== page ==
Bullying

Question: What is bullying?

Answer: Making someone else feel scared, worthless, lonely, guilty or upset – regardless of whether they’ve done anything to provoke it. It usually takes place over and over again.

Fact: It can happen on the computer (cyberbullying), at home, on your mobile, in school, at uni and even in the workplace.

Bullying is when someone does something to hurt you, it could be;

Verbal bullying which can include name calling, teasing, making inappropriate comments about you and making threats towards you or someone you care about.

Social bullying can include leaving people out of activities on purpose, spreading rumours about you or your family, embarrassing you in public.

Physical bullying which can include hitting, kicking, spitting or pushing you, this can also include people breaking your possessions.

Cyber Bullying is when people use the internet, email, online games or any form of technology to hurt, tease or humiliate you.

People can get bullied in many different ways, you may experience one or several of the things listed above.  People are bullied for all sorts of reasons; the way they look, the clothes they wear, some people don’t even know why they are being bullied.

Did you know that you have rights? That there are laws to protect you?

The United Nations Convention on the Rights of the Child  documents the rights of each child, these 42 rights apply to all children and young people in the United Kingdom.   This includes rights to allow young people to have a safe, healthy and happy life, one of your rights is;

Article 12

Children have the right to say what they think should happen, when adults are making decisions that affect them, and to have their opinions taken into account.

This means that when adults are making decisions that affect you, you have the right to say what you think should happen and have your opinions taken into account.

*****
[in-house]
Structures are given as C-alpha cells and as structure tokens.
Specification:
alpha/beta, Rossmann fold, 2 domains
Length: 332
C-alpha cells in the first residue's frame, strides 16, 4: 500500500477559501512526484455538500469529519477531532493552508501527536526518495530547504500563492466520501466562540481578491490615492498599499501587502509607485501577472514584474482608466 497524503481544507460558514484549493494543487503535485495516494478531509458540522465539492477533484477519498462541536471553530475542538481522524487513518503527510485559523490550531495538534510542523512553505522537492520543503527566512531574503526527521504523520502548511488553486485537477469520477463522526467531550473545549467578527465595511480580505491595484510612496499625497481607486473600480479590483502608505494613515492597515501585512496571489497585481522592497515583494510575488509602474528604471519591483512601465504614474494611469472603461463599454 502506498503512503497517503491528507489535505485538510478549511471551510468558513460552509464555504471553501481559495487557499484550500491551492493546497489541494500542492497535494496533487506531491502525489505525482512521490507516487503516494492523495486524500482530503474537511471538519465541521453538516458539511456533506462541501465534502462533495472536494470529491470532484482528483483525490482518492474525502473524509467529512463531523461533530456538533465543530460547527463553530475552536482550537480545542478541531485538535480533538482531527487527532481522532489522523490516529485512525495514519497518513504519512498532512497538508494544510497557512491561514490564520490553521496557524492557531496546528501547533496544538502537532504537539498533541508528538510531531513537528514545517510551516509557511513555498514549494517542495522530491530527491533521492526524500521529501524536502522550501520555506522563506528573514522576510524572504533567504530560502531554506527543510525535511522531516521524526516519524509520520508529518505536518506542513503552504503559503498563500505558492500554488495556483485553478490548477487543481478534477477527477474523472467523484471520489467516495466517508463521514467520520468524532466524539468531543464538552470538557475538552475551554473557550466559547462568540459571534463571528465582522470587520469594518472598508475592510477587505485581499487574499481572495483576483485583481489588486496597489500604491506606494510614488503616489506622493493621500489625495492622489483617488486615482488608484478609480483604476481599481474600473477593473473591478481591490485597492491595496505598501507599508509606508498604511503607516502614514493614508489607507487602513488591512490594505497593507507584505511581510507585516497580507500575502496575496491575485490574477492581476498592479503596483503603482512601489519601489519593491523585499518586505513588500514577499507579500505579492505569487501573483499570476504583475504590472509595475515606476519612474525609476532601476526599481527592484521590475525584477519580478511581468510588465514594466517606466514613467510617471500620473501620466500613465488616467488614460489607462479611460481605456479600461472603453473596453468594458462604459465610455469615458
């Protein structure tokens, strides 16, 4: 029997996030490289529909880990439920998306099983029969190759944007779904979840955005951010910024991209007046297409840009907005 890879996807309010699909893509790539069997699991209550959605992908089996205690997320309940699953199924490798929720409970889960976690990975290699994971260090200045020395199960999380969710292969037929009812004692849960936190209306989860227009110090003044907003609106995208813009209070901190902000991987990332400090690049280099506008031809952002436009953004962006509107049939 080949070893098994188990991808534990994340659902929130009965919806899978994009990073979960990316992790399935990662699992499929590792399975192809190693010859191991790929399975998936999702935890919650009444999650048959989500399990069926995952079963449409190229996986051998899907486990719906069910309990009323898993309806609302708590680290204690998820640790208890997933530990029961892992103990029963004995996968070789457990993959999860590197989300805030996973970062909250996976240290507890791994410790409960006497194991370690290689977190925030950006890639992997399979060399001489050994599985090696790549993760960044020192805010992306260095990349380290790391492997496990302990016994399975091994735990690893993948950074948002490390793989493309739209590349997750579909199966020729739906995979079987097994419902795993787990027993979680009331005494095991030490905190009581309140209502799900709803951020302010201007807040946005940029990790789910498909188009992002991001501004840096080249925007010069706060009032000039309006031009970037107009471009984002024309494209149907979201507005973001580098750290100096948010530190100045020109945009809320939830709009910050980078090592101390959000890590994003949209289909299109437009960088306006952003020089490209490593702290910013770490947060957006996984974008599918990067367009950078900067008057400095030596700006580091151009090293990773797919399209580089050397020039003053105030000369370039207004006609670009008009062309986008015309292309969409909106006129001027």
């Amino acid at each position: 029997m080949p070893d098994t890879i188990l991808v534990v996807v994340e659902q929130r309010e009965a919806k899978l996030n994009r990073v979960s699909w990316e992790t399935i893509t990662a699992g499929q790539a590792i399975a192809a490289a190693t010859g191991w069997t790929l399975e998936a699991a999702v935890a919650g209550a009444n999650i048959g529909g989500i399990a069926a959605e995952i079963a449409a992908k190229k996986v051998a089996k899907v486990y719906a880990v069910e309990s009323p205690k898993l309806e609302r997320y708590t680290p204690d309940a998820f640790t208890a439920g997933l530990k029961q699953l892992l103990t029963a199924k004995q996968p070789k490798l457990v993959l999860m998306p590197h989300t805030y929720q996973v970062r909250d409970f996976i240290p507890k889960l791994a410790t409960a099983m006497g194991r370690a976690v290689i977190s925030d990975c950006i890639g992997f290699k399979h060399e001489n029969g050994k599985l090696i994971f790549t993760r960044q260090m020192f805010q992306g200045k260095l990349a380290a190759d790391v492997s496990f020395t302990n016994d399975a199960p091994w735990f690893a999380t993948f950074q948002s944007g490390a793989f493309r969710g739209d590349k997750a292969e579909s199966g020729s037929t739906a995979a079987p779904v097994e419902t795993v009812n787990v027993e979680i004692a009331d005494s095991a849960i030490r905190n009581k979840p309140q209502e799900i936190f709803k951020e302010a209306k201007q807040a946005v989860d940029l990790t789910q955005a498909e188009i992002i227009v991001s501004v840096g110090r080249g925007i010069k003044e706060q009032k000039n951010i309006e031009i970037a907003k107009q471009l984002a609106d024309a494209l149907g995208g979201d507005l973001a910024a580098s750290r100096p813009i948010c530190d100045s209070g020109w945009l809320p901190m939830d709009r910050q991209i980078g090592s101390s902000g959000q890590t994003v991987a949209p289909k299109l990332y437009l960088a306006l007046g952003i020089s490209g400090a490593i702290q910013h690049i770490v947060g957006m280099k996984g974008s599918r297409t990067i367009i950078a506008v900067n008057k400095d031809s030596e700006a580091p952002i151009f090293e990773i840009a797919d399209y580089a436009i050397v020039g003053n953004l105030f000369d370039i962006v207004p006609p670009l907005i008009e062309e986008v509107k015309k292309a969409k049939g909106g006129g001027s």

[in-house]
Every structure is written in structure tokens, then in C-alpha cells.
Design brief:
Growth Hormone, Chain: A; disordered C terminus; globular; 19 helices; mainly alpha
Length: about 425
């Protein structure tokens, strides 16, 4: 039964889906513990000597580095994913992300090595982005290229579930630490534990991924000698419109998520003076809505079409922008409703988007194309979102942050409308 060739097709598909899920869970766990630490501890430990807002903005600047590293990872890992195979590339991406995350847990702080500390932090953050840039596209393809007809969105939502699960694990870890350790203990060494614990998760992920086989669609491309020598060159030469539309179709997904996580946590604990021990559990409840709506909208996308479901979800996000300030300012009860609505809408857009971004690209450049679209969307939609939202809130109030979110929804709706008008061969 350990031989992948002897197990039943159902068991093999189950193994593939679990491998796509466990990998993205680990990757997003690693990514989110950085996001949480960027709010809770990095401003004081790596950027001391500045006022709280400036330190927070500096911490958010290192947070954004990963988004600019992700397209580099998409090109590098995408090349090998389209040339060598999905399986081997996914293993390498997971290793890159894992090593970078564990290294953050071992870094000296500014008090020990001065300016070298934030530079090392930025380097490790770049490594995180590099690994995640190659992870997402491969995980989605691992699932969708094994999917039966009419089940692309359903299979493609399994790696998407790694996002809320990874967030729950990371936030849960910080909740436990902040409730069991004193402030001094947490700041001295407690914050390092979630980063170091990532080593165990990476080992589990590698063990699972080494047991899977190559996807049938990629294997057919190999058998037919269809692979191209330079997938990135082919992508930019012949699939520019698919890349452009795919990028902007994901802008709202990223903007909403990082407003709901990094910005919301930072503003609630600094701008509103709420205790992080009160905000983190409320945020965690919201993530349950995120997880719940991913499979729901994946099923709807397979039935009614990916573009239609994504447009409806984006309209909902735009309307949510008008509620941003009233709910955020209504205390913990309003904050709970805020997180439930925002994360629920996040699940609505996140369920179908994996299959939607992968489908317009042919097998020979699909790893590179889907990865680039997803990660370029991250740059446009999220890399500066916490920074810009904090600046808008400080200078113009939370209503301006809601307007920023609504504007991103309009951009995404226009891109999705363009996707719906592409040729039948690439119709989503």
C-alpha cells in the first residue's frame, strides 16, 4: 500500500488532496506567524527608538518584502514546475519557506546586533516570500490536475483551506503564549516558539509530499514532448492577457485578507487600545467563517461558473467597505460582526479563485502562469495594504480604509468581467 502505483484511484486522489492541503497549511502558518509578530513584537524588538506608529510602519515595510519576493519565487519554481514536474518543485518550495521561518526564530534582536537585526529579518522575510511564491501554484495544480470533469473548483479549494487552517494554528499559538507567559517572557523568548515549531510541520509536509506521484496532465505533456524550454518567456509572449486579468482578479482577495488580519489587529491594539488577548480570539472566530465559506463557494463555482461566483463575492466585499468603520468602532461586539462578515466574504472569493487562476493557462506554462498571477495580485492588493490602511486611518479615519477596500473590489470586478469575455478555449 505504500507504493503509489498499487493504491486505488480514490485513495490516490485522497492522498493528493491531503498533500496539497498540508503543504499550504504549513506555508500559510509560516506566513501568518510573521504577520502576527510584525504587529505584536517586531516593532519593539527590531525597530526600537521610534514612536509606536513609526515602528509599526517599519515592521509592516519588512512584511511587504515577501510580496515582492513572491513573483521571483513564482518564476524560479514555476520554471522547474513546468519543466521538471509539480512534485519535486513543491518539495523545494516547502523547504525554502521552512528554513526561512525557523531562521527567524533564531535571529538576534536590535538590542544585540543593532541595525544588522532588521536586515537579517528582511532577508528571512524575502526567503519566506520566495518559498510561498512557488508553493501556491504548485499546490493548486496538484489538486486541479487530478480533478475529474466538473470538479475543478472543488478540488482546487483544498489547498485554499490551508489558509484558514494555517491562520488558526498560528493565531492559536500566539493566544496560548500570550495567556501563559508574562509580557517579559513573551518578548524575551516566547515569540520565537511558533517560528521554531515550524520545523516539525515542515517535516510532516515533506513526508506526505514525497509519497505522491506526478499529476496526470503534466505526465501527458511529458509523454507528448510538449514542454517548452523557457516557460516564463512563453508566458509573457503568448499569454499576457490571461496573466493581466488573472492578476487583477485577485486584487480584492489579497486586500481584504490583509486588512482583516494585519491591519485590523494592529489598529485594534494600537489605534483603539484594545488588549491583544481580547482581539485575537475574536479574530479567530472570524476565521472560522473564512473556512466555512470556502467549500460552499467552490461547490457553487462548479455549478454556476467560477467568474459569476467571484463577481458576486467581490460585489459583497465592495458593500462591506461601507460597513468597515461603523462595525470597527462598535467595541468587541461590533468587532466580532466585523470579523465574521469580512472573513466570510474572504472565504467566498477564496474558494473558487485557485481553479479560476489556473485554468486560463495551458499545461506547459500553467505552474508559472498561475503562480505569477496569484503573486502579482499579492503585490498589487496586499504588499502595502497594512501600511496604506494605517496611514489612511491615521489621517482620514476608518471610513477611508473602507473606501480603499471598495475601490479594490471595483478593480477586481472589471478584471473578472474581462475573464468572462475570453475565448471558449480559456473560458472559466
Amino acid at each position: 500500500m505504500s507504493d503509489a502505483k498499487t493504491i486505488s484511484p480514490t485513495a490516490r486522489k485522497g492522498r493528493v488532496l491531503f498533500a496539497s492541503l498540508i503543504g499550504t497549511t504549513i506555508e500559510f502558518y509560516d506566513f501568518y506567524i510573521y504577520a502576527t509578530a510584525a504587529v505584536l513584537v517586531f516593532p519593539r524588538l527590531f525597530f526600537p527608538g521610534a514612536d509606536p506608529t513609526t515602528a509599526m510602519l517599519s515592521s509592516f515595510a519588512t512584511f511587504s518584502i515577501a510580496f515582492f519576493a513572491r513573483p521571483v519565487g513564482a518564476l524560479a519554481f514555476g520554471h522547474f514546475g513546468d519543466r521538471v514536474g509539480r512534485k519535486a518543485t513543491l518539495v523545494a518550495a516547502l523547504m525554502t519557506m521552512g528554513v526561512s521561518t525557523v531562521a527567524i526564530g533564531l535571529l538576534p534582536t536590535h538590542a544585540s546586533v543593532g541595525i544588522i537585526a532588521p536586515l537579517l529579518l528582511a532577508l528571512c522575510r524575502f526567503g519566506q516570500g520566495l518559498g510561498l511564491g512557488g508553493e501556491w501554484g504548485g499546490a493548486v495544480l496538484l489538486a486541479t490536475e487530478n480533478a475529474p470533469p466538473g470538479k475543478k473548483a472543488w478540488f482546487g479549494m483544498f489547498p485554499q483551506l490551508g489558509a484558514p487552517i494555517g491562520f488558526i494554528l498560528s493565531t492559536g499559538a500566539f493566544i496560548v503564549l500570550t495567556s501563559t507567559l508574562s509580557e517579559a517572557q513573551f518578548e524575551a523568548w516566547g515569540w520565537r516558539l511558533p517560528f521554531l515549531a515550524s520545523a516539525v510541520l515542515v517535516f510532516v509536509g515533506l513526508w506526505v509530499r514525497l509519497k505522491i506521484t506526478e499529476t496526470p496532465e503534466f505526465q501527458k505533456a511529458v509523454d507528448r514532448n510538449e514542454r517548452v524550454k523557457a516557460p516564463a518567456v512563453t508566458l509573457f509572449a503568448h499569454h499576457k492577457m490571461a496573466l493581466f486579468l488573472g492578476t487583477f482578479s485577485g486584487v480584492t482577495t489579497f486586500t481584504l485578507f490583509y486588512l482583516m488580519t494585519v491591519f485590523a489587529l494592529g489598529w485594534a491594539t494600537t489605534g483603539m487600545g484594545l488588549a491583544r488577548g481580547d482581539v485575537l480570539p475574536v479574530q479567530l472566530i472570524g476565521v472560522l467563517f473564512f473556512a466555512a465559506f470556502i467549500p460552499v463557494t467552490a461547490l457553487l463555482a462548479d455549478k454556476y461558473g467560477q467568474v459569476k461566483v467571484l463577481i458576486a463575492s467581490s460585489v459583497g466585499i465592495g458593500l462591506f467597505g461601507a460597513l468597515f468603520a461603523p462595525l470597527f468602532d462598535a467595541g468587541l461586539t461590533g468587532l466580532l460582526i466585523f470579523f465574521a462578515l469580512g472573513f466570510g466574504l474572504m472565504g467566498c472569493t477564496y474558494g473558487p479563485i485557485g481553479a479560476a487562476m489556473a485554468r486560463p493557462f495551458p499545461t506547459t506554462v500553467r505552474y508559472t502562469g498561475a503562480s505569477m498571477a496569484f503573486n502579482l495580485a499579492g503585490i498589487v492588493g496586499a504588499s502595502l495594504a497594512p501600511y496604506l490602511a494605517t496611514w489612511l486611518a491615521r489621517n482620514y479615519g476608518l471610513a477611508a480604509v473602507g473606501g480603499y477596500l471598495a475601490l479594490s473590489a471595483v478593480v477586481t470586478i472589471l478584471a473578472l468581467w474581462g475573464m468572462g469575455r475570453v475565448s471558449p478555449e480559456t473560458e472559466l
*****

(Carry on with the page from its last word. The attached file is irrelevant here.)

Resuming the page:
Law

By law all schools must have a behaviour policy and procedure which covers bullying, Section 89 of the Education and Inspections Act (2006) documents that ‘every school must have measures to encourage good behaviour and prevent all forms of bullying amongst pupils’

Behaviour policies are in every school, bullying will either be documented in this or in an individual bullying policy which ever one your school has should be made available to anyone who requests them.  If you haven’t had a copy ask at reception, the policy documents what the school will do to support you and the procedures they take when dealing with bullying

Equality Act 2010

Under the Equality Act it is illegal to harass, victimise or discriminate against anyone because of their age, disability, gender reassignment, marriage and civil partnership, pregnancy and maternity, race, religion or belief, sex and sexual orientation.

Schools have a legal duty to meet the terms the Equality Act.  Staff must act to prevent harassment, victimisation and discrimination within the school.

Human Rights Act 1998  The Human Rights Act is a list of things people in the UK have a right to, all public bodies which includes schools have to follow.

Schools have to have policies that comply with the Act, in particular Article 3  which states ’No one shall be subjected to torture or to inhuman or degrading treatment or   punishment’ if schools are aware you are being treated badly they must intervene to stop it.

Local Support

If you don’t feel you are being listened too or taken seriously you can always ask for an advocate who will help you express your wishes and feelings.  Second Voice Advocacy service is independent to the school and can help you express your wishes and feelings in meetings.   You can contact Second Voice by yourself, through a parent or a teacher in school.

Telephone: 01978 295600

Email: secondvoiceadvocacy@wrexham.gov.uk

National Support

Childline are a telephone counselling and advice service for  children and young people who are experiencing bullying or any other problem or danger.

Childnet offer advice and information about how to protect  children from potential risks online. www.childnet.com

The NSPCC provide a helpline for anyone, including children, concerned about, involved in, or at risk of  child abuse.

Guide to internet safety and safe surfing for young people  run by CEOP A National  Crime Agency Command.

Red Balloon supports young people who self-exclude or are isolated at school because of  bullying or other trauma.

An organisation that offers advice on all aspects of bullying is bullying.co.uk

Meic Cymru are an information and advice line you can contact should you need to speak to someoneabout any situation.

 


 

If you would like more information on this topic or you have questions please call into the INFO Shop or contact us on 01978 295600 / Instant message.  If you leave us a message we will get back to you as soon as we can.

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